Yet, surprisingly, there is no mention of Himyar anywhere in the rabbinic tradition. In an email to me, Bowersock suggested that the rabbis might have felt unwilling to accept the Himyarites as Jews because they were not ethnically Jewish. Robin on the other hand thinks that their silence could have had to do with a reluctance to provide ammunition for millenarian aspirations. It’s a mystery, though, and one wonders if the real reason wasn’t something else. Could Himyar’s story, with its wars, kings, campaigns, and usurpations, have lapsed into obscurity because it stood so far outside the expected Jewish narratives of exile, persecution, and domination?

***

In The Throne of Adulis, Bowersock, a classicist and historian of the ancient world, places Himyar in an international context. He shows the ways in which its rulers attempted to navigate a course through the great-power conflicts of late antiquity and how their efforts ultimately ended in catastrophe. Along the way, he tells a story rife with intrigue, treachery, and ambition, underpinned by scholarly detective work of the most patient and demanding kind.

Axum stele

The Axum Stele. (Courtesy of Werner Forman/Art Resource)

Bowersock focuses much of his attention on Himyar’s neighbor to the west, the powerful kingdom of Axum. Based in the Ethiopian highlands, Axum at different times controlled territory stretching from Sudan to the shores of the Red Sea. For many years, it controlled Himyar as well, before losing control of the region around 270 C.E. It didn’t take the loss lightly. For over 200 years, Axum’s Christian kings harbored designs on the Jewish kingdom across the Red Sea. Around 520 C.E. they finally succeeded in getting it back. They installed a puppet king on Himyar’s throne—a Christian who was soon deposed in a coup by the Jewish Yusuf.

Himyar was threatened by Axum’s irredentist ambitions. By virtue of its position on crucial maritime trade routes to India, it was also pulled into a conflict between even larger powers. In the fifth and sixth centuries, the Middle East was split between the Byzantine and Sassanian Empires. As in the Cold War in the 20th century, the rivalry between these superpowers was ideological as well as political, and it created allegiances and enmities with far-flung states. The Byzantines supported Christians beyond their borders, while the Zoroastrian Persians backed various groups—including Jews—who they hoped could keep the Byzantines in check.

Both empires courted allies among the Arab tribes, although neither controlled lands in the Arabian Peninsula. Himyar played an important part in this game. Traditionally on the Persian side, it had switched sides when the Axumites installed their client king. When Yusuf seized the throne, he needed to switch back, having angered not only his neighbors in the region but also their powerful backers in the Byzantine Empire. According to Bowersock, although Yusuf’s move against the Himyarite Christians may have been in part about enforcing religious unity, it was also an attempt to win back Persian approval and defend against reprisals from the Christian powers.

Yusuf’s massacre was a brutal power play. It was also a gamble, and it backfired almost immediately. The persecution of Arab Christians gave the Axumites a pretext to take back what had once been theirs. Led by their king, Kaleb, they launched an invasion as soon as they heard the news from Ramla. According to one chronicle, the Byzantine emperor urged Kaleb on, telling him “to go forth, whether by sea or by land, against the abominable and criminal Jew.” Yusuf defended himself as best he could. In a rare instance when an inscription can be tied to a specific moment and event, one of his generals used a cliff as a billboard to brag about the “14,000 men he had killed, the 11,000 prisoners he had taken captive and the 290,000 camels, cows, and goats” the king had seized from neighboring lands.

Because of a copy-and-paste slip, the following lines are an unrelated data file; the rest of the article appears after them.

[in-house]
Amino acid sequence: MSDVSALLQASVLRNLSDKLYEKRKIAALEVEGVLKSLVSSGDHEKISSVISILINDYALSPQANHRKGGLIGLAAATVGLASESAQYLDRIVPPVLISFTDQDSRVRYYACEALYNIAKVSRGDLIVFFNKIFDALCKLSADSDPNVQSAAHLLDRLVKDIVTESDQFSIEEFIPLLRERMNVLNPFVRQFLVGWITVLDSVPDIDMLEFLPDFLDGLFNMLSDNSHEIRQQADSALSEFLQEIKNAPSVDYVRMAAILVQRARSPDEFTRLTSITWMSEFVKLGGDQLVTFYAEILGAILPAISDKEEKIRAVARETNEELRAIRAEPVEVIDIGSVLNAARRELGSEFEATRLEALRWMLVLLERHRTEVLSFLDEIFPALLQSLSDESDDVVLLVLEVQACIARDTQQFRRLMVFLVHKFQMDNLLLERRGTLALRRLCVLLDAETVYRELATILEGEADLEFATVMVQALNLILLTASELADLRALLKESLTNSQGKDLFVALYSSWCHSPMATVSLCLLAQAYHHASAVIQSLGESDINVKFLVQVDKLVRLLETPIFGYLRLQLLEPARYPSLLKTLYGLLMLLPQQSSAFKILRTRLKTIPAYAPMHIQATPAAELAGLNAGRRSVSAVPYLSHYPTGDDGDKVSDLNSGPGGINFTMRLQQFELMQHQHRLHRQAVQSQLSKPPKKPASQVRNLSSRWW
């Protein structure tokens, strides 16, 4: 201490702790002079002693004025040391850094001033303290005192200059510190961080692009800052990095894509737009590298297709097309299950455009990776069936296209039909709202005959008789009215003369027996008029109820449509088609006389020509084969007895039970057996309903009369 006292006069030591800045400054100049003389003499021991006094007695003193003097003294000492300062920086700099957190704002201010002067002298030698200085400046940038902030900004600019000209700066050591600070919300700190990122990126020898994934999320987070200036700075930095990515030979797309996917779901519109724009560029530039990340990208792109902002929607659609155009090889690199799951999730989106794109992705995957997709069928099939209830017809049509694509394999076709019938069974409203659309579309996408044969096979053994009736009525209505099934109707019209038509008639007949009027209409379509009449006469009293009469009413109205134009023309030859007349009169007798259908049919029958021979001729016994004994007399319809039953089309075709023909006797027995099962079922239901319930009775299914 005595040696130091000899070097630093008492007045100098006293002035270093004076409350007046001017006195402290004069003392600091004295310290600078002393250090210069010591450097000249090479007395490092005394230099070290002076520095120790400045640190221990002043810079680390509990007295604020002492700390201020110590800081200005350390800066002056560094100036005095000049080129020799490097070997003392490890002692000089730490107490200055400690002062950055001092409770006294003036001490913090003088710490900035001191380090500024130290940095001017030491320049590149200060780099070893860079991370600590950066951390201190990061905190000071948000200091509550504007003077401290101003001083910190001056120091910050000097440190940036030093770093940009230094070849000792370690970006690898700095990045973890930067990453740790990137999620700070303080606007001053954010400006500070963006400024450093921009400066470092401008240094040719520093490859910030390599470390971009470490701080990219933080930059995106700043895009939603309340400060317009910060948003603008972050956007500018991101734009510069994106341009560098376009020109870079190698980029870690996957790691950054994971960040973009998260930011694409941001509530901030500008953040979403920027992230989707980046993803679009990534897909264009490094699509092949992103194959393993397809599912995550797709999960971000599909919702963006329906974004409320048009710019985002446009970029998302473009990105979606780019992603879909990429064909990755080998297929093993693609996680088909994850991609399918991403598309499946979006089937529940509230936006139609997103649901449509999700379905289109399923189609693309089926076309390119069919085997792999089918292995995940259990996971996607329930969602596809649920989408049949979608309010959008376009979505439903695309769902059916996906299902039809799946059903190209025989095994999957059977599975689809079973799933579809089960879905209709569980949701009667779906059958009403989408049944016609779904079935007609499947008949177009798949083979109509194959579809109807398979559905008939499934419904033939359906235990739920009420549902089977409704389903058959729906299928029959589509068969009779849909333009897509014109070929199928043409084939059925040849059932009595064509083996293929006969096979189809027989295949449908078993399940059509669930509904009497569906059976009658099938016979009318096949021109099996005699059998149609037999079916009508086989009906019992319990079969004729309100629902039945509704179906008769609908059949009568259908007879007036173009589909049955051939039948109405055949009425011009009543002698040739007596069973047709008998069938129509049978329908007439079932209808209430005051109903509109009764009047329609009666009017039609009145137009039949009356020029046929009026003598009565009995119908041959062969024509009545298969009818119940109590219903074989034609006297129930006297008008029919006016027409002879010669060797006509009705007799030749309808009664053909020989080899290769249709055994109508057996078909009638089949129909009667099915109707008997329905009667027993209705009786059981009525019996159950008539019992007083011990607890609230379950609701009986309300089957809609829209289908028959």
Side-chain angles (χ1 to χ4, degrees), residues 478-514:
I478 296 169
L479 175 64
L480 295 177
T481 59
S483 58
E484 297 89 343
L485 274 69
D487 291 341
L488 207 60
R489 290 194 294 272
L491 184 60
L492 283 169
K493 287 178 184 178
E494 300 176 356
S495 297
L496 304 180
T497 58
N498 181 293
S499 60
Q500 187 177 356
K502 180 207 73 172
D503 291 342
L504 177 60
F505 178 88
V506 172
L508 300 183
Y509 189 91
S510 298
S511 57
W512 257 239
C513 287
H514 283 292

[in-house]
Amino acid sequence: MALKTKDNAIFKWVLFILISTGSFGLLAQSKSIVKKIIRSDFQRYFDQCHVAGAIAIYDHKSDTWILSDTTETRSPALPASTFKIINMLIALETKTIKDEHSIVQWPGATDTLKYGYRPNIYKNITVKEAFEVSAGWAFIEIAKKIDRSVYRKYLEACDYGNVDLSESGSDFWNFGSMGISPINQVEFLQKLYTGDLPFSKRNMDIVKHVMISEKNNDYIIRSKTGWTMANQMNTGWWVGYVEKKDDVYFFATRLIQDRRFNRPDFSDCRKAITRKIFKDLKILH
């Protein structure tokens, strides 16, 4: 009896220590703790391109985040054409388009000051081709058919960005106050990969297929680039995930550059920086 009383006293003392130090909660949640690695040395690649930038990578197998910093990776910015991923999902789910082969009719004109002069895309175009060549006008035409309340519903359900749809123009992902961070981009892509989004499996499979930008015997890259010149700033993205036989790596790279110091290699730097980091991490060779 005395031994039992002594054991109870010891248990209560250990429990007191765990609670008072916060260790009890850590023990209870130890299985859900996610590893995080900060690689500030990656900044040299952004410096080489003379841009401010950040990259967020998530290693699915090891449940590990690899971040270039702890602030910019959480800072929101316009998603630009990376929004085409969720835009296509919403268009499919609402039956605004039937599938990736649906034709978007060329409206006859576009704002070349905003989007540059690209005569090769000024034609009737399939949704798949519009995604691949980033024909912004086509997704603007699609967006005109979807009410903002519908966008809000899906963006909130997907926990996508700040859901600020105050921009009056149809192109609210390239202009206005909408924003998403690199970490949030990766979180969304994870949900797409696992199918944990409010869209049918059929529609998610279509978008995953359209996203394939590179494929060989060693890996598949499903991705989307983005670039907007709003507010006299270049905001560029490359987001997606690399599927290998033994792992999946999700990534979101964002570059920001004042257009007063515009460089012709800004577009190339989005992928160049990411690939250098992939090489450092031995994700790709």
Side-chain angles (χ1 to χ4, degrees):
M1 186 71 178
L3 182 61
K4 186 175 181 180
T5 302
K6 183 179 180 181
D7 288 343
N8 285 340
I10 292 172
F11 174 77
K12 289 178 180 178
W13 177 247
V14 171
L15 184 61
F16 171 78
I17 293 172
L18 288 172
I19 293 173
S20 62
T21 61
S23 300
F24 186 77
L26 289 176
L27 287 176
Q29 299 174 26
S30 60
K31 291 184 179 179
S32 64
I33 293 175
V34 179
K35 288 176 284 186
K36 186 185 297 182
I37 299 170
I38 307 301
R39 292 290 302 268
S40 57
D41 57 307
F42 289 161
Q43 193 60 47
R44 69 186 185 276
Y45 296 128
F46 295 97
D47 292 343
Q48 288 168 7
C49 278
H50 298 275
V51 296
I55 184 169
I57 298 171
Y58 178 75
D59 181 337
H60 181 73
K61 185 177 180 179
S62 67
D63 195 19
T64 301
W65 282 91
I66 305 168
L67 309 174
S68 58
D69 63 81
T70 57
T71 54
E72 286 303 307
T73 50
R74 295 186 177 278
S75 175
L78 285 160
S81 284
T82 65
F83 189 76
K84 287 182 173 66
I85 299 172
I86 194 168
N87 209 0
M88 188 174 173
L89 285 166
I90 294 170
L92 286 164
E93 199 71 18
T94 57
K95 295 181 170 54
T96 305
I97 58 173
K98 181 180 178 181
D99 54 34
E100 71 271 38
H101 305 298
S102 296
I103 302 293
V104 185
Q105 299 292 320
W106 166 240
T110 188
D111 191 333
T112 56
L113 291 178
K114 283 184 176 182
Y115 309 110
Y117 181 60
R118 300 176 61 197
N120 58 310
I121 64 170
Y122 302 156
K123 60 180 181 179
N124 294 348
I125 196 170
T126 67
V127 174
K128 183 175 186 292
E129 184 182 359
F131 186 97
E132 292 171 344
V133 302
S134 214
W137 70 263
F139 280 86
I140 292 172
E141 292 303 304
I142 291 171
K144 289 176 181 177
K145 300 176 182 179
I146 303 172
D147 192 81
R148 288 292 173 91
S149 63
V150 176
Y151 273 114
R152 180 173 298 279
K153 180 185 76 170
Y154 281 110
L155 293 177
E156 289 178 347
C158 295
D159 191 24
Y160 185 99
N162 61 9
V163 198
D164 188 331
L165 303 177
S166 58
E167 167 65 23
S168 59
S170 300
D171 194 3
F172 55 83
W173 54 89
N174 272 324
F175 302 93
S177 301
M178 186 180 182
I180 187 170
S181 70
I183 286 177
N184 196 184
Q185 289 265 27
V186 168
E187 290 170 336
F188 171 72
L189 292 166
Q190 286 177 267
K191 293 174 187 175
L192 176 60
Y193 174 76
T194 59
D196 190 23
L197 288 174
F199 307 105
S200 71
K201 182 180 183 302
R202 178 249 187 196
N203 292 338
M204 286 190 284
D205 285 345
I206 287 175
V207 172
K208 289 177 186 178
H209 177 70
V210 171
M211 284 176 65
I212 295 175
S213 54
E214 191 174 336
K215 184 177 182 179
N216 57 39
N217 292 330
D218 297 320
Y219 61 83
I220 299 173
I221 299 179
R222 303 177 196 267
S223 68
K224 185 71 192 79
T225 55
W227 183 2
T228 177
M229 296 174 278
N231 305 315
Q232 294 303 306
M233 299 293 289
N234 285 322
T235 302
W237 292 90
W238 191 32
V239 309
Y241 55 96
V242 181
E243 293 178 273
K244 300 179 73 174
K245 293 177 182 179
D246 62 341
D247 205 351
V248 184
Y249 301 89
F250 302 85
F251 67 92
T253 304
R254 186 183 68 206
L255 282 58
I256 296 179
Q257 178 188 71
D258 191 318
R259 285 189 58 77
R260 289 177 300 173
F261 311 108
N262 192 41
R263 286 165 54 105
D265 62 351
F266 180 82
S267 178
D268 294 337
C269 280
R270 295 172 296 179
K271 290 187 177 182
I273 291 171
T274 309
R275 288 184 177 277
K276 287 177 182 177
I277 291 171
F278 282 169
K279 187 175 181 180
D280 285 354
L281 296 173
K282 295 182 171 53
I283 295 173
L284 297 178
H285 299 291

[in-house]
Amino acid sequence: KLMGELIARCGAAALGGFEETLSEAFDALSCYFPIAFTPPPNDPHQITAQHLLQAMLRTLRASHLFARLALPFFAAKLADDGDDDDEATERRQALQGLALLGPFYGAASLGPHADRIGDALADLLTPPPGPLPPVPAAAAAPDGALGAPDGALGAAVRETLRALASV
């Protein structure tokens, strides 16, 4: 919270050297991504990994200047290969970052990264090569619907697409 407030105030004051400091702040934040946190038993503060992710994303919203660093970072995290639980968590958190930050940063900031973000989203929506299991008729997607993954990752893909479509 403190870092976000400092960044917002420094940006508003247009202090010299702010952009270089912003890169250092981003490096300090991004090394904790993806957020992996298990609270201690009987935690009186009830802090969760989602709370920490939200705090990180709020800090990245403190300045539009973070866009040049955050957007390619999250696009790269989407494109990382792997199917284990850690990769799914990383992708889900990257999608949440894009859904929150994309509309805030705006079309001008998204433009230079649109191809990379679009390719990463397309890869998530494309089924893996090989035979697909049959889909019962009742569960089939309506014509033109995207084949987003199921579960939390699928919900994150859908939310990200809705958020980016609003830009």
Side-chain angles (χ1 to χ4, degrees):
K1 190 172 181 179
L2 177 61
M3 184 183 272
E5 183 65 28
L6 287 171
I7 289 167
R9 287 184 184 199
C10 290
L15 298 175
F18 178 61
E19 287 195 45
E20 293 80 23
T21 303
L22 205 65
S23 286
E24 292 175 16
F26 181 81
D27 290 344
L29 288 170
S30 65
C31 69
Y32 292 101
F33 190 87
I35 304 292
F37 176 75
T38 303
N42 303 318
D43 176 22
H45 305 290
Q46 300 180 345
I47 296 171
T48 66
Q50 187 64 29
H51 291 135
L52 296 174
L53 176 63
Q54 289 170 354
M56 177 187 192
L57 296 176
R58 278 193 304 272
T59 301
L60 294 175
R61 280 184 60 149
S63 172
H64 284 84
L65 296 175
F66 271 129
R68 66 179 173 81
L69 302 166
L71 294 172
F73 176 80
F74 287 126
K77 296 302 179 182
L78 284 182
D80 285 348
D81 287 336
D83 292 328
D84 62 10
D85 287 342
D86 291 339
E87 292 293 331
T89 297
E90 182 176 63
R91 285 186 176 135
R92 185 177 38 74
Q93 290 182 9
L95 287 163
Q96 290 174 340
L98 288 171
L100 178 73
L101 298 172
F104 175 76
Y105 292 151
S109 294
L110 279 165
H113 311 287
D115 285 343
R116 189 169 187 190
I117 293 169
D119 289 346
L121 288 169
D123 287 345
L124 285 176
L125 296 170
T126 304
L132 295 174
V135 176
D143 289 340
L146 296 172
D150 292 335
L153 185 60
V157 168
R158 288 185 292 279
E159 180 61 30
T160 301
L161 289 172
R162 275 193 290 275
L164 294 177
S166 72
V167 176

Although Himyar didn’t leave much of a trace in the Jewish tradition, its real legacy might be in the history of Islam

Before the year was out, the Axumites launched an aquatic invasion across the Red Sea. Yusuf tried to stop them from getting a beachhead by stretching a giant iron chain across the bay where they intended to land. It proved to be a memorable deed, but not a successful one. Within the year Yusuf was dead. His death marked the end of the Jewish kingdom. Under its new Ethiopian rulers, Himyar became Christian. Its people converted, and its synagogues were closed or turned into churches. For a generation, it remained a potent force in southern Arabia, after which the territory came under the sway of the Sassanians, becoming a remote province of a distant empire. The memory of the Jewish kingdom was kept alive mostly by its enemies—in Arabic histories, Syriac chronicles, and Greek martyrs’ lives.

Although Himyar didn’t leave much of a trace in the Jewish tradition, its real legacy might be in the history of Islam. Bowersock writes that “the tumultuous events in sixth-century Arabia” were the “crucible of Islam.” The wars started by Yusuf’s massacre profoundly re-organized power relations in the Arabian Peninsula, shifting the Jewish Arab tribes into the Persian camp while putting the pagan ones at a distinct disadvantage. This realignment mattered profoundly in the oasis towns of the Nejd and Hijaz, where Muhammad would announce his revelation a hundred years later.

Robin goes even further in arguing for a connection between Himyar and Islam. Muhammad faced the same challenge as the kings of Himyar: how to unify a highly fractious, polytheistic, tribal society. And it seems likely that he knew the kingdom’s history; the Quran alludes to the “people of the ditch,” a phrase thought to refer to the martyrs of Najran. Putting the two together, Robin suggests that when Muhammad turned to monotheism as a way to unite the fractious tribes of the Arabian Peninsula, there’s a possibility he had the memory of Himyar in the back of his mind.

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Yemen, the Crucible of al-Qaida, Was Once a Powerful Arabian Kingdom Run by Jews

A new book sheds light on the complicated conflicts among Jews, Christians, and pagans in the pre-Islamic Middle East